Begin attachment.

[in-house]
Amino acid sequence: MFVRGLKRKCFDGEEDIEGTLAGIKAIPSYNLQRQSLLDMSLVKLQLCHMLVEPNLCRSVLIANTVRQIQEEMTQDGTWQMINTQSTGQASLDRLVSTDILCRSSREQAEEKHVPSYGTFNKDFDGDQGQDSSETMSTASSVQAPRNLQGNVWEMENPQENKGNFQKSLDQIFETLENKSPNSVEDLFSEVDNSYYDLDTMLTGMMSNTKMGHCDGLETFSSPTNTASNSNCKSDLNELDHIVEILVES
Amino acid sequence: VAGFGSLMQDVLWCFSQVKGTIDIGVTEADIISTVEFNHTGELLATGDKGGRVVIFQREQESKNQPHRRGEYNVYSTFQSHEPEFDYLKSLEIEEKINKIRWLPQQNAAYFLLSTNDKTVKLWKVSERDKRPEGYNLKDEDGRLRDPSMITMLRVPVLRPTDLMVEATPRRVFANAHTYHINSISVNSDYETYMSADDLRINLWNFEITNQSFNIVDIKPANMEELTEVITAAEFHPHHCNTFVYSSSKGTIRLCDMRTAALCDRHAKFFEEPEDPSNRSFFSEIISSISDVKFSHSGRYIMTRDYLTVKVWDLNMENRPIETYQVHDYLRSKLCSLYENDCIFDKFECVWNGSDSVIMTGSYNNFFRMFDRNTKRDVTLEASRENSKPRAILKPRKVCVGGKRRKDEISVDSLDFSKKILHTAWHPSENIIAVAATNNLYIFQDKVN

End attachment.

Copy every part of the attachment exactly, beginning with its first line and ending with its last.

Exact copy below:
[in-house]
Amino acid sequence: MFVRGLKRKCFDGEEDIEGTLAGIKAIPSYNLQRQSLLDMSLVKLQLCHMLVEPNLCRSVLIANTVRQIQEEMTQDGTWQMINTQSTGQASLDRLVSTDILCRSSREQAEEKHVPSYGTFNKDFDGDQGQDSSETMSTASSVQAPRNLQGNVWEMENPQENKGNFQKSLDQIFETLENKSPNSVEDLFSEVDNSYYDLDTMLTGMMSNTKMGHCDGLETFSSPTNTASNSNCKSDLNELDHIVEILVES
Amino acid sequence: VAGFGSLMQDVLWCFSQVKGTIDIGVTEADIISTVEFNHTGELLATGDKGGRVVIFQREQESKNQPHRRGEYNVYSTFQSHEPEFDYLKSLEIEEKINKIRWLPQQNAAYFLLSTNDKTVKLWKVSERDKRPEGYNLKDEDGRLRDPSMITMLRVPVLRPTDLMVEATPRRVFANAHTYHINSISVNSDYETYMSADDLRINLWNFEITNQSFNIVDIKPANMEELTEVITAAEFHPHHCNTFVYSSSKGTIRLCDMRTAALCDRHAKFFEEPEDPSNRSFFSEIISSISDVKFSHSGRYIMTRDYLTVKVWDLNMENRPIETYQVHDYLRSKLCSLYENDCIFDKFECVWNGSDSVIMTGSYNNFFRMFDRNTKRDVTLEASRENSKPRAILKPRKVCVGGKRRKDEISVDSLDFSKKILHTAWHPSENIIAVAATNNLYIFQDKVN